Three hubcap day
Any SOLV/SWNI cleanup offers a morning of discovery and insight about who we are, or at least who our litterbugs are.
It’s not so much an archaeological dig as an archaeological scavenger hunt.
Orange-vested teams of us, fortified with poppy-seed muffins and full-alert coffee, set out for litter-strewn arterials around Southwest Portland.
My team, consisting of Mike Roach (sporting two “Vote Yes on 49” yard signs), Don Baack (wearing his trademark Australian Outback hat) and me, headed for our traditional hunting ground, the shoulders of Capitol Highway, east of Burlingame, and Barbur Boulevard, north of Capitol.
At clean-up time twice a year, our trio considers the much-traveled commuter route “ours.” We have come to know where to look to find its detritus.
Because it is early November, much of the trash is hidden beneath ochre, moldering leaves, but we raked around and filled a dozen or so white SOLV trash bags with precious artifacts.
Most of the trash is evidence of some kind of addiction: nicotine, sugar, alcohol, caffeine, pornography, automobiles and consumer consumption.
Let me be specific, but not gross.
The pornography took the form of a girly magazine. Some of the SOLV teams this clean-up day consisted of young teenagers. Fortunately they weren’t in our group, but then I’m told there’s no need to protect them from pornography in this “Death of Childhood” age. The Internet has inured children and young people to smut.
Alcohol was represented by scores of cans and bottles. I picked up a nearly full can of Pabst Blue Ribbon. It still sudsed up as I emptied it onto the ground. Why the rejected can was so full I can only guess. (“Hey, Fred, you ever heard of this stuff, Pabst? I think I’ll give it a try….Yeeech!”)
Candy wrappers, Starbuck’s cups and car parts point to other addictions.
You’d expect car parts along a road but how to explain a piece of plastic grill liner unless it was somehow extruded during hard cornering.
I score my day by hubcaps. Today was a three-hubcap day (Chrysler, Toyota and a generic Shucks). Don, who rises to every challenge, wrestled a fender off a guardrail. Later he was rewarded for his efforts by finding a usable hammer, which he figured fell off a truck. More hard cornering.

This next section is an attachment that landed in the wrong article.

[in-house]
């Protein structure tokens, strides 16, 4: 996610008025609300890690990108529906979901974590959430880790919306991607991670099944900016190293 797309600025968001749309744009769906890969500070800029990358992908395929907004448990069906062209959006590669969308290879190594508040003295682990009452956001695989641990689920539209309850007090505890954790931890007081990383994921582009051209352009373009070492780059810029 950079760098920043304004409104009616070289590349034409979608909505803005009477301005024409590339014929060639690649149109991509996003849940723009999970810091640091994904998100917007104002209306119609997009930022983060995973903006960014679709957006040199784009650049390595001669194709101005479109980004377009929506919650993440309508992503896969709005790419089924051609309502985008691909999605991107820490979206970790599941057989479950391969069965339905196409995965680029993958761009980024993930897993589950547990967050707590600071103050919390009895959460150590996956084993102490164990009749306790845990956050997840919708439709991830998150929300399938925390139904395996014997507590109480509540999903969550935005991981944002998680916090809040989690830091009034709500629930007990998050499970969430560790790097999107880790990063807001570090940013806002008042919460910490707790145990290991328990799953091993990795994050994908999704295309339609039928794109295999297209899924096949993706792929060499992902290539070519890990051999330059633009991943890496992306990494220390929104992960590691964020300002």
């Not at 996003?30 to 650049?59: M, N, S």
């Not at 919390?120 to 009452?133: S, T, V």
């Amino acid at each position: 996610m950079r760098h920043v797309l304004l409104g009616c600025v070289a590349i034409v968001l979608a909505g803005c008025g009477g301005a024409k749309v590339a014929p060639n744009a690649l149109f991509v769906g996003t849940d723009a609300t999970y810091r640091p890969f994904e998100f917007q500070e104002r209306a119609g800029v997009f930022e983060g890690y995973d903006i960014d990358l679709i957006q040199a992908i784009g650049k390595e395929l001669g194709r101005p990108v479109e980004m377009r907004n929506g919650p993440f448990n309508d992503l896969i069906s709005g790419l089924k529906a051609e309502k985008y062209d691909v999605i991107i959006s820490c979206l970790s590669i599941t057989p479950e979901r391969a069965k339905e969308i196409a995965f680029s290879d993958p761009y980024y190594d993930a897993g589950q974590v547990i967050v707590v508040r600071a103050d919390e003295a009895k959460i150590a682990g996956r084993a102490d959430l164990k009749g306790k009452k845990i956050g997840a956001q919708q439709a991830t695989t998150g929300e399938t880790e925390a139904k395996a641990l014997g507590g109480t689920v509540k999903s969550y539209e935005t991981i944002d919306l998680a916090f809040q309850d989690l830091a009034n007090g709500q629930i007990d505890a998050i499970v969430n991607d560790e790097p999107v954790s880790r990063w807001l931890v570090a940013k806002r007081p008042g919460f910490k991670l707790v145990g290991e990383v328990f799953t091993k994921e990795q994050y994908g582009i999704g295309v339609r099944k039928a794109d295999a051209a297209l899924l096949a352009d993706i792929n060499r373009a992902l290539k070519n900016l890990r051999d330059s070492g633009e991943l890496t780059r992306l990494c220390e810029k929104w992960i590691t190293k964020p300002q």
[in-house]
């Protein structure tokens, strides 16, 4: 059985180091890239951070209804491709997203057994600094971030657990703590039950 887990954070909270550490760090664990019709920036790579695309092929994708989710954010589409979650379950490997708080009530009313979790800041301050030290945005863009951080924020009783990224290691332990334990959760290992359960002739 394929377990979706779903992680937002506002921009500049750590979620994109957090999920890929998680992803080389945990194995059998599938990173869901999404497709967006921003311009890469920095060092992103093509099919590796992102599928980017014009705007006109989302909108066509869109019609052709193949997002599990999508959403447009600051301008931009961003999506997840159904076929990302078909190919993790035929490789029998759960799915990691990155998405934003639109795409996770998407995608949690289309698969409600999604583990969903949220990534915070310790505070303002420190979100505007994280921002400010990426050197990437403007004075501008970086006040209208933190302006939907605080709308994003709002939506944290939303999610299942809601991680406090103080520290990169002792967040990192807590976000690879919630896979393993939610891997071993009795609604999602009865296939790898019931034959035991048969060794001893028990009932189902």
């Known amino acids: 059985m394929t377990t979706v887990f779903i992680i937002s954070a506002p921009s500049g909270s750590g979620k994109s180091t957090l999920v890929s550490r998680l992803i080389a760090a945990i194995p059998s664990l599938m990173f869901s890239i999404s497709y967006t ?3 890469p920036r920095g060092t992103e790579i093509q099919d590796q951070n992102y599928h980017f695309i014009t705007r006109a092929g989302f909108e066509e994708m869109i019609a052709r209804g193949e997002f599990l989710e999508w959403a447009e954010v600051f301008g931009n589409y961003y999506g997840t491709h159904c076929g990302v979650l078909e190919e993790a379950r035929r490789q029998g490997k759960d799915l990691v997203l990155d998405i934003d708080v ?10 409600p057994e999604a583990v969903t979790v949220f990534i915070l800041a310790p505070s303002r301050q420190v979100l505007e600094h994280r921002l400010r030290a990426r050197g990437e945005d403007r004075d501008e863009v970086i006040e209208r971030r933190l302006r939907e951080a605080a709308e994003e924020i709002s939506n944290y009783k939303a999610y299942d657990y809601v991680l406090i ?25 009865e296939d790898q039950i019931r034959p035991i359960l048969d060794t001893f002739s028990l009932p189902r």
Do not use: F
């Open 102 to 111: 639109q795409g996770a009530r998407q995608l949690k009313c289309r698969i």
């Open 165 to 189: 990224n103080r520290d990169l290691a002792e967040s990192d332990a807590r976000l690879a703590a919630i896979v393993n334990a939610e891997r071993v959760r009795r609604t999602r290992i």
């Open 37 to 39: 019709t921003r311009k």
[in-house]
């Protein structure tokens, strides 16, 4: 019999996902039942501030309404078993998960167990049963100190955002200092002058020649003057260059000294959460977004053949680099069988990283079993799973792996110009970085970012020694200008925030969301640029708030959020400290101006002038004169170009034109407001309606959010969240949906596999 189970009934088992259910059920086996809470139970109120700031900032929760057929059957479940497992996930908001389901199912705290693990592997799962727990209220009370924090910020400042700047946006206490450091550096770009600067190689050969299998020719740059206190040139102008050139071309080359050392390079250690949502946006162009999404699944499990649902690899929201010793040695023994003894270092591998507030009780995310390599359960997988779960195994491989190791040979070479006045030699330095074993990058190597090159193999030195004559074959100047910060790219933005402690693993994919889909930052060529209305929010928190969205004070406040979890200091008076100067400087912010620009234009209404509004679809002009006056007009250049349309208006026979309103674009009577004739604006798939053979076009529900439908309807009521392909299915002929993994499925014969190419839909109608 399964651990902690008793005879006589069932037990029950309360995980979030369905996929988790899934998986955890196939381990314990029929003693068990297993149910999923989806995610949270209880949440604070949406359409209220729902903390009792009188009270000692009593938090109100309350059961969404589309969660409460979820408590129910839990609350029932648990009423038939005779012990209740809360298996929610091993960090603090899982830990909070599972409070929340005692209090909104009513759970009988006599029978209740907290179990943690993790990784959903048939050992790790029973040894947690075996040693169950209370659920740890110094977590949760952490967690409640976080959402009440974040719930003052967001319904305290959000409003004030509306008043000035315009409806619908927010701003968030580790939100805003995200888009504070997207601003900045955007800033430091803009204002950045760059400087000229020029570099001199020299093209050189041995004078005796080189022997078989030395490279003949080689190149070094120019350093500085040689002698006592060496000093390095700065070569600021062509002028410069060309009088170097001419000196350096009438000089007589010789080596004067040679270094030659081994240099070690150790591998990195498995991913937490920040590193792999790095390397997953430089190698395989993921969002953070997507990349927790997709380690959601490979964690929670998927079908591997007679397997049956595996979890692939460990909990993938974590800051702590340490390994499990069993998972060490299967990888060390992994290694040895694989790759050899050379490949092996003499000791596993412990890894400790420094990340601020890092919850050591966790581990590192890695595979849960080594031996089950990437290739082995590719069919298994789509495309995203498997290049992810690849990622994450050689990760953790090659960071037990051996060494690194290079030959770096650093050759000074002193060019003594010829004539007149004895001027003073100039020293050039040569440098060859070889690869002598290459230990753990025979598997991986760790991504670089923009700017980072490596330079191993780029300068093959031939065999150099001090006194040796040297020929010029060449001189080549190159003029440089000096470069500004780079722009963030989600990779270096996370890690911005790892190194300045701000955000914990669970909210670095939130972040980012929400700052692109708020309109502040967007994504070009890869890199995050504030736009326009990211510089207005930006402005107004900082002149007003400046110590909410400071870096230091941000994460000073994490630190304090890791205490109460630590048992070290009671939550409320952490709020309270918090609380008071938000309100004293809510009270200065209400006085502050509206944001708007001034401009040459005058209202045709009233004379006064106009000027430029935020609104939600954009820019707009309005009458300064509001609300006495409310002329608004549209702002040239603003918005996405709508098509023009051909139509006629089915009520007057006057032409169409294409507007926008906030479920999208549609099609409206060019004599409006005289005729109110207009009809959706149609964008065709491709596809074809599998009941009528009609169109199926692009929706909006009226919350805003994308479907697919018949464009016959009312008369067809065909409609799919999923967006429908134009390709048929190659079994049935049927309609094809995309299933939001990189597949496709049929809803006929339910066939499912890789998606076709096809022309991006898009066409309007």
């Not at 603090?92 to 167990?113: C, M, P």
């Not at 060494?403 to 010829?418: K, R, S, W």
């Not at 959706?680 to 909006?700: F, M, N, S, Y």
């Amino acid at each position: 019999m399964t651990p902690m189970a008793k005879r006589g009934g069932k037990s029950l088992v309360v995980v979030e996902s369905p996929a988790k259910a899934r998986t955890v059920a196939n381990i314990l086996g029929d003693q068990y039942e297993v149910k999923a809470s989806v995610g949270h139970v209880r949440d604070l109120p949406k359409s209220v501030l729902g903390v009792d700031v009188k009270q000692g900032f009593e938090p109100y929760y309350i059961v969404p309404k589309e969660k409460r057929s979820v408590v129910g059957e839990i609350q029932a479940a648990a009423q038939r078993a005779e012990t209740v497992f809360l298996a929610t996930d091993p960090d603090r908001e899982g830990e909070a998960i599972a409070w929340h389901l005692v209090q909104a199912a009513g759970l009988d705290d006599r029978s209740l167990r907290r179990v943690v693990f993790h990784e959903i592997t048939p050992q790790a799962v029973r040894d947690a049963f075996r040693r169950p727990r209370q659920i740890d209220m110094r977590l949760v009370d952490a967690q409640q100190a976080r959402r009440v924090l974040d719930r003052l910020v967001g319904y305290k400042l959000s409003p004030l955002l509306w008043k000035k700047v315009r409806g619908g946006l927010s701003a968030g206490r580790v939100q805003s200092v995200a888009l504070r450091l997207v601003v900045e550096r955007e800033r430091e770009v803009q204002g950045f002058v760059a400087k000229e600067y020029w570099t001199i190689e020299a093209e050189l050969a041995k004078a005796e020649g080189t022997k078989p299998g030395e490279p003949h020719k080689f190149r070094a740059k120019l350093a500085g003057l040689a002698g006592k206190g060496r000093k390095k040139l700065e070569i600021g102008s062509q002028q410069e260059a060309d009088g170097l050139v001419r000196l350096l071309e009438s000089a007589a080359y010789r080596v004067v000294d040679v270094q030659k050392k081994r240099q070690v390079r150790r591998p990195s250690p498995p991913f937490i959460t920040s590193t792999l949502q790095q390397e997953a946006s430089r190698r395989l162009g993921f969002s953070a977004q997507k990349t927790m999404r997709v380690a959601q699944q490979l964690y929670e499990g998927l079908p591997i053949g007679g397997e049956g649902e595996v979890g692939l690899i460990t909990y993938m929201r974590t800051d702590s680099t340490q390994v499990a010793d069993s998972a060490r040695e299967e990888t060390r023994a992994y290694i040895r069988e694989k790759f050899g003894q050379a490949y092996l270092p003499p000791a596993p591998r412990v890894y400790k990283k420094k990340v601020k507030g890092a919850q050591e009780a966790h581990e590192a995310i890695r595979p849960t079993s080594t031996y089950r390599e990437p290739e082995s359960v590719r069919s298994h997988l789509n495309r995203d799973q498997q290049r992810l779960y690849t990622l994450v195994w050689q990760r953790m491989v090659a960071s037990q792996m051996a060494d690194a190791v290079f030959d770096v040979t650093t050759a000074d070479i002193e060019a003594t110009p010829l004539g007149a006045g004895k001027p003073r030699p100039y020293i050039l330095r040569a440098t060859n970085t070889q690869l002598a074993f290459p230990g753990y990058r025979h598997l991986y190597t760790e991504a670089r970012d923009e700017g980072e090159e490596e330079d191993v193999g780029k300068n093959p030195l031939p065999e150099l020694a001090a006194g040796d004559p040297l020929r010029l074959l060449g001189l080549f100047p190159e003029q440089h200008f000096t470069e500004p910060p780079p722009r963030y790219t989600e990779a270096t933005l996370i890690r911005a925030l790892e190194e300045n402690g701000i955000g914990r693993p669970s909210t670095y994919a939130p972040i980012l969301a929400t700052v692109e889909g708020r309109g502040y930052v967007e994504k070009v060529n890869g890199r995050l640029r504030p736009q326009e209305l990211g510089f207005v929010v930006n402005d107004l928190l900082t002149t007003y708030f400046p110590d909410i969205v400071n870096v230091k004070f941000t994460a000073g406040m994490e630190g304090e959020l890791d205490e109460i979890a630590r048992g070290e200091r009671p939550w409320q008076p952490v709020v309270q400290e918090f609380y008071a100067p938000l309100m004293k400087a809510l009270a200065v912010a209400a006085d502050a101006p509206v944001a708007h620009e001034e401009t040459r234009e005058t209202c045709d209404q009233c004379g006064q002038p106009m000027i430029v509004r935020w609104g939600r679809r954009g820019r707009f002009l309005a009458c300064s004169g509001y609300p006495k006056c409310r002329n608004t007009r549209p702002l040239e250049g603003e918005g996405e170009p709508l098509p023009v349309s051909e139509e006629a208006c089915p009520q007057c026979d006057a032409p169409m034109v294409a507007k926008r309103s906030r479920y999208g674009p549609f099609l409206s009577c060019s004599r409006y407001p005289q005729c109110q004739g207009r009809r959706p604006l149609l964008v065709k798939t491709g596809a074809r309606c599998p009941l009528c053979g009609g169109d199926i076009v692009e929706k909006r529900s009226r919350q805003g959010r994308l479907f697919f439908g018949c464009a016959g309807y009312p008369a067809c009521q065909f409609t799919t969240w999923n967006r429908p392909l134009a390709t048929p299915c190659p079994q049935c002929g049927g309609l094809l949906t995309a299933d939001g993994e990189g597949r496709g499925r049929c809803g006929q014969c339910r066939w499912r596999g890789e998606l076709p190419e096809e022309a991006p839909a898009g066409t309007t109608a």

We also picked up our usual assortment of Styrofoam chips and bubble wrap. If the planet is ever destroyed, these two substances may be all that survive, testimony that “higher” life forms once inhabiting the planet.
Each SOLV scavenging offers something to set it apart: a cocktail glass, a mysterious bone, a doily.
This year was no different.
I started finding strewn pages from a book featuring World War II German war planes just where cars whisk off Barbur and climb the hill on Capitol Highway. Every 10 yards or so I’d find a couple more pages. They and I worked our way up the hill, back through the war to 1939.
The pages ran out half way up the grade, at the outer fringe of our scavenging area. I had just gathered the white trash bags and stacked the orange safety cones to retrace my steps back down the hill when I spotted a page devoted to Dornier Do 17Z-2 bombers and MesserschmittBf 109e-1 fighters from Nazi Germany’s World War II’s air campaign in Poland.
I stuffed the Poland page in my pocket with the other pages, made my way back to my car, drove to our staging area at a mega-church parking lot.
There the teams reassembled, shared scavenging stories and ate 20 pizzas.